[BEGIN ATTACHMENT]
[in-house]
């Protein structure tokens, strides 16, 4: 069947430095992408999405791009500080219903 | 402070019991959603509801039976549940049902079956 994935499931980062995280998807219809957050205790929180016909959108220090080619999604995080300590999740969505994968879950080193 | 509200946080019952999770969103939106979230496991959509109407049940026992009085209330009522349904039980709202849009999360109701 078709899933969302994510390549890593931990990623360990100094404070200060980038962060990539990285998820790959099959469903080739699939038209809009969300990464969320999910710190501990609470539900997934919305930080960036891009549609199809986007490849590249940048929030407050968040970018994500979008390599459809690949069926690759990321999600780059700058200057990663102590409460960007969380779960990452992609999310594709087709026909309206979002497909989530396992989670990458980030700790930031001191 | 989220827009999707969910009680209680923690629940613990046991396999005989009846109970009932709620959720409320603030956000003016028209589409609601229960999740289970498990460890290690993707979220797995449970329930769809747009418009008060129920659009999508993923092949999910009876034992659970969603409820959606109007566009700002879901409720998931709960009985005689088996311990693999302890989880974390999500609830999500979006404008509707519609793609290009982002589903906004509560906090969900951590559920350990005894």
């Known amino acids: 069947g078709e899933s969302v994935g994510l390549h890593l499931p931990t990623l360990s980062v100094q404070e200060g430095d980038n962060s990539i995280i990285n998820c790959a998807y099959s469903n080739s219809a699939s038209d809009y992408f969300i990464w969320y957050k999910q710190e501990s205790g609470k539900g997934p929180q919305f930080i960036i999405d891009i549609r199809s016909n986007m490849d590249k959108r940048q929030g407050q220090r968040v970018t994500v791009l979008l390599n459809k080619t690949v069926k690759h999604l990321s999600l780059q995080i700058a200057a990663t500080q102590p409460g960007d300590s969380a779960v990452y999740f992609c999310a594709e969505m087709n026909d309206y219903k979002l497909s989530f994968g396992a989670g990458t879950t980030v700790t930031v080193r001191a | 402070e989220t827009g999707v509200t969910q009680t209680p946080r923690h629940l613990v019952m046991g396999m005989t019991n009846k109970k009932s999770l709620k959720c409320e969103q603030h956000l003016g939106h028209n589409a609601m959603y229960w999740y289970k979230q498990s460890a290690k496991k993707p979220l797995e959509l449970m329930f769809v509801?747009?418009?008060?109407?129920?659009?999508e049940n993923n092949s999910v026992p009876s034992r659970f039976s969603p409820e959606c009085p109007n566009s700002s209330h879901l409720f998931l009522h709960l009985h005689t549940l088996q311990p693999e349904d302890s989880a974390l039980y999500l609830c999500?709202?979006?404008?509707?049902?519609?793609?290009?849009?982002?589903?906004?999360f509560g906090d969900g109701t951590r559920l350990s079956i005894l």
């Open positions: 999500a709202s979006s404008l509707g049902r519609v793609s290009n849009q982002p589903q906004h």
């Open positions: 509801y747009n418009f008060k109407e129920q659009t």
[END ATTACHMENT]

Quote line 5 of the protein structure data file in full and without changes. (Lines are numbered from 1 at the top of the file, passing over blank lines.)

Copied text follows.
């Open positions: 509801y747009n418009f008060k109407e129920q659009t």